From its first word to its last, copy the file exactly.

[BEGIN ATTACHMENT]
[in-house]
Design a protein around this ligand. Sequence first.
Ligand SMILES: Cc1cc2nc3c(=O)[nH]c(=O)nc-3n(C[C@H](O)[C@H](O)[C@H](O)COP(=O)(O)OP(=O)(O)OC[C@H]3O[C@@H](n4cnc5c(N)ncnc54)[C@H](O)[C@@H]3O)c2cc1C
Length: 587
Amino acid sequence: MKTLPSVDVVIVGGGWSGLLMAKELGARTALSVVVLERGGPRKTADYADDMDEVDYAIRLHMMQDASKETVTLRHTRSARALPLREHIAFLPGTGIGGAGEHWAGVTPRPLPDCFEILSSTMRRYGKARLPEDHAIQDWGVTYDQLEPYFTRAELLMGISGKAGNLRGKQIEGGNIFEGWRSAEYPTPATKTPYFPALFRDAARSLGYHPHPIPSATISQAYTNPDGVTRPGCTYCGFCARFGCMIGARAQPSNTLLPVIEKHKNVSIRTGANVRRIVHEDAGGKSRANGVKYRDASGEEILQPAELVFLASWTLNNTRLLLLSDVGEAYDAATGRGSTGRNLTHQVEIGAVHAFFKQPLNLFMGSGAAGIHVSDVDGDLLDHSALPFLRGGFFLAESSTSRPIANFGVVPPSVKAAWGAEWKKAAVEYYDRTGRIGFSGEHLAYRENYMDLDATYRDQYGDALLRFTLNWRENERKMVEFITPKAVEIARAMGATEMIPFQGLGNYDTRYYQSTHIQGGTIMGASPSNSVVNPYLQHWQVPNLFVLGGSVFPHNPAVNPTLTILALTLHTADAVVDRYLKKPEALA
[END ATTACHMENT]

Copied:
[in-house]
Design a protein around this ligand. Sequence first.
Ligand SMILES: Cc1cc2nc3c(=O)[nH]c(=O)nc-3n(C[C@H](O)[C@H](O)[C@H](O)COP(=O)(O)OP(=O)(O)OC[C@H]3O[C@@H](n4cnc5c(N)ncnc54)[C@H](O)[C@@H]3O)c2cc1C
Length: 587
Amino acid sequence: MKTLPSVDVVIVGGGWSGLLMAKELGARTALSVVVLERGGPRKTADYADDMDEVDYAIRLHMMQDASKETVTLRHTRSARALPLREHIAFLPGTGIGGAGEHWAGVTPRPLPDCFEILSSTMRRYGKARLPEDHAIQDWGVTYDQLEPYFTRAELLMGISGKAGNLRGKQIEGGNIFEGWRSAEYPTPATKTPYFPALFRDAARSLGYHPHPIPSATISQAYTNPDGVTRPGCTYCGFCARFGCMIGARAQPSNTLLPVIEKHKNVSIRTGANVRRIVHEDAGGKSRANGVKYRDASGEEILQPAELVFLASWTLNNTRLLLLSDVGEAYDAATGRGSTGRNLTHQVEIGAVHAFFKQPLNLFMGSGAAGIHVSDVDGDLLDHSALPFLRGGFFLAESSTSRPIANFGVVPPSVKAAWGAEWKKAAVEYYDRTGRIGFSGEHLAYRENYMDLDATYRDQYGDALLRFTLNWRENERKMVEFITPKAVEIARAMGATEMIPFQGLGNYDTRYYQSTHIQGGTIMGASPSNSVVNPYLQHWQVPNLFVLGGSVFPHNPAVNPTLTILALTLHTADAVVDRYLKKPEALA